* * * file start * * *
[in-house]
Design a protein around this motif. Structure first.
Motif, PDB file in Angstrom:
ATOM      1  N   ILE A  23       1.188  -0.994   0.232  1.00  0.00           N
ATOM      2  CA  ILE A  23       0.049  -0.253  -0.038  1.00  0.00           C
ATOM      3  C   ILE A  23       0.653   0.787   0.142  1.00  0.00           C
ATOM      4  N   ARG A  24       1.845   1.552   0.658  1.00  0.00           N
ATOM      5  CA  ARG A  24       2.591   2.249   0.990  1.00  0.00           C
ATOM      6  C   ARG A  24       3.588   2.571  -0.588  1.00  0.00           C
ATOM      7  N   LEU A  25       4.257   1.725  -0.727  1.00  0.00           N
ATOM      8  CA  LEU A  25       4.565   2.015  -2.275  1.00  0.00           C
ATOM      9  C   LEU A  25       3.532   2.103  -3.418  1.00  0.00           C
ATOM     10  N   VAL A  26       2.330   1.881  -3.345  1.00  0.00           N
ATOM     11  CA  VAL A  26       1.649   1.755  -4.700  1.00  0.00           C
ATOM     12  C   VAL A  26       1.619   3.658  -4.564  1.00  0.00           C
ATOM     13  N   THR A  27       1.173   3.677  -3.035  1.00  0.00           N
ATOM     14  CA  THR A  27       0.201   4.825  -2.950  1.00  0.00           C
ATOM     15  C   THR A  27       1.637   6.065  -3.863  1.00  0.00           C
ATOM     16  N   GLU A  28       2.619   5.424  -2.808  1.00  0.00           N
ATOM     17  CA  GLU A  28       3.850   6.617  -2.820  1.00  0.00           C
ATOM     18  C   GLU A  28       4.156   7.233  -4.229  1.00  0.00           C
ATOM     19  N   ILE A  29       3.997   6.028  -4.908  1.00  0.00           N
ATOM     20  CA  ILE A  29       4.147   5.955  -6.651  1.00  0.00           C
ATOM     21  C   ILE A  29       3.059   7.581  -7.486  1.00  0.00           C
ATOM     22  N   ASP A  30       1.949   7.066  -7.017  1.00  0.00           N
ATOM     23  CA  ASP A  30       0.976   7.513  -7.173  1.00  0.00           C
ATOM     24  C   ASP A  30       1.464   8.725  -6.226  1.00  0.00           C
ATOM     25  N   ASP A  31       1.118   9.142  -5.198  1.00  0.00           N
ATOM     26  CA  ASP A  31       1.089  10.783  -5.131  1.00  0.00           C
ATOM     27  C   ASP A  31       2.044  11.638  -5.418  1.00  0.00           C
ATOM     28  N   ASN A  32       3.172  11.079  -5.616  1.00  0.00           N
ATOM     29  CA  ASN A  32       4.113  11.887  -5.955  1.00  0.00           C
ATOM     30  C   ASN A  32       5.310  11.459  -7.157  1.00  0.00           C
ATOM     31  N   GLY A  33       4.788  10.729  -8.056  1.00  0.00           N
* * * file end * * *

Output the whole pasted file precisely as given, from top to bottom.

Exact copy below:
[in-house]
Design a protein around this motif. Structure first.
Motif, PDB file in Angstrom:
ATOM      1  N   ILE A  23       1.188  -0.994   0.232  1.00  0.00           N
ATOM      2  CA  ILE A  23       0.049  -0.253  -0.038  1.00  0.00           C
ATOM      3  C   ILE A  23       0.653   0.787   0.142  1.00  0.00           C
ATOM      4  N   ARG A  24       1.845   1.552   0.658  1.00  0.00           N
ATOM      5  CA  ARG A  24       2.591   2.249   0.990  1.00  0.00           C
ATOM      6  C   ARG A  24       3.588   2.571  -0.588  1.00  0.00           C
ATOM      7  N   LEU A  25       4.257   1.725  -0.727  1.00  0.00           N
ATOM      8  CA  LEU A  25       4.565   2.015  -2.275  1.00  0.00           C
ATOM      9  C   LEU A  25       3.532   2.103  -3.418  1.00  0.00           C
ATOM     10  N   VAL A  26       2.330   1.881  -3.345  1.00  0.00           N
ATOM     11  CA  VAL A  26       1.649   1.755  -4.700  1.00  0.00           C
ATOM     12  C   VAL A  26       1.619   3.658  -4.564  1.00  0.00           C
ATOM     13  N   THR A  27       1.173   3.677  -3.035  1.00  0.00           N
ATOM     14  CA  THR A  27       0.201   4.825  -2.950  1.00  0.00           C
ATOM     15  C   THR A  27       1.637   6.065  -3.863  1.00  0.00           C
ATOM     16  N   GLU A  28       2.619   5.424  -2.808  1.00  0.00           N
ATOM     17  CA  GLU A  28       3.850   6.617  -2.820  1.00  0.00           C
ATOM     18  C   GLU A  28       4.156   7.233  -4.229  1.00  0.00           C
ATOM     19  N   ILE A  29       3.997   6.028  -4.908  1.00  0.00           N
ATOM     20  CA  ILE A  29       4.147   5.955  -6.651  1.00  0.00           C
ATOM     21  C   ILE A  29       3.059   7.581  -7.486  1.00  0.00           C
ATOM     22  N   ASP A  30       1.949   7.066  -7.017  1.00  0.00           N
ATOM     23  CA  ASP A  30       0.976   7.513  -7.173  1.00  0.00           C
ATOM     24  C   ASP A  30       1.464   8.725  -6.226  1.00  0.00           C
ATOM     25  N   ASP A  31       1.118   9.142  -5.198  1.00  0.00           N
ATOM     26  CA  ASP A  31       1.089  10.783  -5.131  1.00  0.00           C
ATOM     27  C   ASP A  31       2.044  11.638  -5.418  1.00  0.00           C
ATOM     28  N   ASN A  32       3.172  11.079  -5.616  1.00  0.00           N
ATOM     29  CA  ASN A  32       4.113  11.887  -5.955  1.00  0.00           C
ATOM     30  C   ASN A  32       5.310  11.459  -7.157  1.00  0.00           C
ATOM     31  N   GLY A  33       4.788  10.729  -8.056  1.00  0.00           N